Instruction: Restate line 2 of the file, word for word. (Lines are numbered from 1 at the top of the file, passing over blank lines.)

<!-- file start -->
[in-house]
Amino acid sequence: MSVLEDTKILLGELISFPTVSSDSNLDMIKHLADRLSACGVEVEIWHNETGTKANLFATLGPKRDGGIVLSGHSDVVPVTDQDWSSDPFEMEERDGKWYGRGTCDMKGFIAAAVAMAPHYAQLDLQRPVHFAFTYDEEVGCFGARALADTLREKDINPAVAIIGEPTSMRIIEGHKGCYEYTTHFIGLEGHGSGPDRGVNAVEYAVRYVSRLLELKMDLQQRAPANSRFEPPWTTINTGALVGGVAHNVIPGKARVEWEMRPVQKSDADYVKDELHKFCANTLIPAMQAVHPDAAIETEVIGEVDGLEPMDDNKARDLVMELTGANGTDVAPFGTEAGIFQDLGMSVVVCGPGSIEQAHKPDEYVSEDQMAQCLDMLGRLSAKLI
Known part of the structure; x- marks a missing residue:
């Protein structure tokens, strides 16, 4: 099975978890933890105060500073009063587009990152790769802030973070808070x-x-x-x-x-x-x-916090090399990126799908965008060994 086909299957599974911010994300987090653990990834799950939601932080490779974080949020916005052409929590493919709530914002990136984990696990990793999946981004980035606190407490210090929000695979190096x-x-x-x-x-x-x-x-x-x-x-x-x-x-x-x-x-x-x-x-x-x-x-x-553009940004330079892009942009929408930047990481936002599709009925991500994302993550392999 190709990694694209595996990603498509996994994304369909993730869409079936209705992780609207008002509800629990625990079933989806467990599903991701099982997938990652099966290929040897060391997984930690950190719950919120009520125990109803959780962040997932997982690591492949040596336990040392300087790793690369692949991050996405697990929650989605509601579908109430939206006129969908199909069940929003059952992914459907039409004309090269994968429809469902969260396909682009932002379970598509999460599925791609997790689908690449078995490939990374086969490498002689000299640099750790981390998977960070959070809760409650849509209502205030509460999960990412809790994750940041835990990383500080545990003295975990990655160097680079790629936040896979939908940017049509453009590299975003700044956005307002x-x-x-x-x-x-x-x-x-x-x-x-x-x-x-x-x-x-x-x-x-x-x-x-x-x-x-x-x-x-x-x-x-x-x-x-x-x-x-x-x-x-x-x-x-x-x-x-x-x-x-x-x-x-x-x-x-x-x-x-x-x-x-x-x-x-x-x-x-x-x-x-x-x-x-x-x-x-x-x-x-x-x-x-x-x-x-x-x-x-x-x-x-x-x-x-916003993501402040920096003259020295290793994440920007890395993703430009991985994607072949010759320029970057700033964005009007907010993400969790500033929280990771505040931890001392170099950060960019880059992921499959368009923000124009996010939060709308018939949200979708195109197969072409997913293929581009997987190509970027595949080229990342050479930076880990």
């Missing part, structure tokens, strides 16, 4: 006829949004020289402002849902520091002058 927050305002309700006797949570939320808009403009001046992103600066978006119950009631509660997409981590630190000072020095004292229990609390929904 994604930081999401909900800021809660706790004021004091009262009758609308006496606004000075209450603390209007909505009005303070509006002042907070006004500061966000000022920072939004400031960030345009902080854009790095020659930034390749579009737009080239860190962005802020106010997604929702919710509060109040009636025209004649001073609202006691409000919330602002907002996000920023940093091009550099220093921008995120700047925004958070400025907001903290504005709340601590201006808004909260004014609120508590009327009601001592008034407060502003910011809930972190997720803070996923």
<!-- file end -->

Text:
Amino acid sequence: MSVLEDTKILLGELISFPTVSSDSNLDMIKHLADRLSACGVEVEIWHNETGTKANLFATLGPKRDGGIVLSGHSDVVPVTDQDWSSDPFEMEERDGKWYGRGTCDMKGFIAAAVAMAPHYAQLDLQRPVHFAFTYDEEVGCFGARALADTLREKDINPAVAIIGEPTSMRIIEGHKGCYEYTTHFIGLEGHGSGPDRGVNAVEYAVRYVSRLLELKMDLQQRAPANSRFEPPWTTINTGALVGGVAHNVIPGKARVEWEMRPVQKSDADYVKDELHKFCANTLIPAMQAVHPDAAIETEVIGEVDGLEPMDDNKARDLVMELTGANGTDVAPFGTEAGIFQDLGMSVVVCGPGSIEQAHKPDEYVSEDQMAQCLDMLGRLSAKLI